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  1. #1
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    Default Night time asprin/reduces blood pressure
    Night time asprin/ Reduces BP
    Originally posted on cutting edge muscle


    Night Time Aspirin Regimen Found to Reduce Blood Pressure
    A DGReview of :"Administration Time-Dependent Effects of Aspirin on Blood Pressure in Untreated Hypertensive Patients"
    Hypertension

    06/04/2003
    By Jill Taylor


    Patients with mild hypertension experienced a significant reduction in blood pressure as the result of regularly taking aspirin before bed, according to a new study.

    To investigate the effect of aspirin taken at different times of the rest-activity cycle, Ramon C. Hermida, Ph.D., of Bioengineering and Chronobiology Laboratories, University of Vigo, Campus Universitario, Spain, and colleagues studied a group of 100 volunteers with untreated mild essential hypertension.

    Study participants included 34 men and 66 women, ages 23 to 79 years. The entire group received nonpharmacological hygienic-dietary recommendations, including regular aerobic exercise, restrictions on sodium and alcohol consumption, and information on the Dietary Approach to Stop Hypertension Diet.

    Researchers randomly assigned participants to 3 subgroups, which received a regimen of no aspirin, 100 mg aspirin after waking, or 100 mg aspirin before sleeping.

    Evaluation by blood pressure monitoring occurred for 48 consecutive hours for all participants at baseline and after completion of three-months of their prescribed regimen. Each participant received an ambulatory monitoring device during the monitoring periods. Automatic measurements for systolic blood pressure, mean arterial blood pressure, diastolic blood pressure, and heart rate occurred every 20 minutes between 7:00 a.m. and 11:00 p.m., and every 30 minutes at night.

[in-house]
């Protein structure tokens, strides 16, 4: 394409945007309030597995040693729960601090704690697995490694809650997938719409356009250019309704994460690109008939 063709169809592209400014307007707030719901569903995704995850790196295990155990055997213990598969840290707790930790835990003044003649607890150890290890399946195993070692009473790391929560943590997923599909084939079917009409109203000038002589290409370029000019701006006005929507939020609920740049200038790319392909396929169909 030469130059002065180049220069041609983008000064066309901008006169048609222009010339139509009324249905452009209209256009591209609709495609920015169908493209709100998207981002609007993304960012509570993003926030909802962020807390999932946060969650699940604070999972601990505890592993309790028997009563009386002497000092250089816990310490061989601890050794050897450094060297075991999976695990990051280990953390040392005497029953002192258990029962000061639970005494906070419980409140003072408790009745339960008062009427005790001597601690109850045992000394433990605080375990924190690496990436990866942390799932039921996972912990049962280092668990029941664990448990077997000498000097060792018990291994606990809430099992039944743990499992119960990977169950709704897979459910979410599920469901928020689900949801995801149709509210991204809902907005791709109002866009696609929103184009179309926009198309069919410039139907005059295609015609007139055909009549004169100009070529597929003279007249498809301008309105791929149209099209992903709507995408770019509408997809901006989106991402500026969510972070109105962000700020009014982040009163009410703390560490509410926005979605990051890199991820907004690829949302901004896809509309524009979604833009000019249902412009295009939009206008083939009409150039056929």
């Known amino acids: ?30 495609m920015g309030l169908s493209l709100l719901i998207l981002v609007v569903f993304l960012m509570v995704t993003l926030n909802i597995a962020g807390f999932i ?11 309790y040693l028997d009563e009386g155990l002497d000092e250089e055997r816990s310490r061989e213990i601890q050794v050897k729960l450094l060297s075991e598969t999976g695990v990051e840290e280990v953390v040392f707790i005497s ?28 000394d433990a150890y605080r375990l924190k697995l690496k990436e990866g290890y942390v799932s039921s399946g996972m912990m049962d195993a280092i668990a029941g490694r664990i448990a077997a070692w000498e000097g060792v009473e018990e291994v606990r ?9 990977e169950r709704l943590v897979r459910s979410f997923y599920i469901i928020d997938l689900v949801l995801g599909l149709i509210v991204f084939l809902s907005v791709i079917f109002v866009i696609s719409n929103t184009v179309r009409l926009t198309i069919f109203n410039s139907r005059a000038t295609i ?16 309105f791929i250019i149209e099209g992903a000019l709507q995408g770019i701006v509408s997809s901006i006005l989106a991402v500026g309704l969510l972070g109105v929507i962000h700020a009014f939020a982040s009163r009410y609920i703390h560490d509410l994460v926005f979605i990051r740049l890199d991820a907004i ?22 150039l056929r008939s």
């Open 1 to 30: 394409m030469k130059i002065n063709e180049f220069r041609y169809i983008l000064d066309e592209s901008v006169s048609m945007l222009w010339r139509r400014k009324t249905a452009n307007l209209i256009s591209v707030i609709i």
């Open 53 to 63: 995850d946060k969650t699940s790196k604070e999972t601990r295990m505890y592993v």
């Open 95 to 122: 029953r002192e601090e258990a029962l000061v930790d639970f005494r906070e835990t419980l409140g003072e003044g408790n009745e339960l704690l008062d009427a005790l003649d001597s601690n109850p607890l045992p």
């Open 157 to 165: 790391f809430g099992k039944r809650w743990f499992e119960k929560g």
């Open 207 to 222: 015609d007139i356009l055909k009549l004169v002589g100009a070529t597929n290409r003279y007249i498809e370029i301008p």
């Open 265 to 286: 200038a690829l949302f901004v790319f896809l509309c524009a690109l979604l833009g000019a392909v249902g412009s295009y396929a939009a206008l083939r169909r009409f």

No significant differences existed between subgroups for blood pressure or heart rate at baseline. However, researchers noted highly significant changes to blood pressure between groups after the 3-month treatment period. The subgroup following a regimen of evening aspirin administration showed a reduction in the 24 hour mean of 6.2 mm Hg in systolic blood pressure and 4.1 mm Hg in diastolic blood pressure.

    While 85% of this subgroup experienced a reduction of blood pressure, the effect was not evident for the subgroups receiving no aspirin or morning administration.

    In addition, results indicate that administration of aspirin prior to rest may be valuable therapy for patients unable or unwilling to exercise or adhere to dietary restrictions. All subgroups reported poor compliance to nonpharmacological hygienic-dietary recommendations.
    Hypertension 2003 May 5:[epub ahead of print]. "Administration Time-Dependent Effects of Aspirin on Blood Pressure in Untreated Hypertensive Patients"

  2. #2
    Olympian Bodybuilder Ozzy27's Avatar
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    I think I'll be taking an aspirin every night now , since juice raises blood pressure. Anything to be safe.

  3. #3
    Junior Bodybuilder iron's Avatar
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    GOOD TO READ!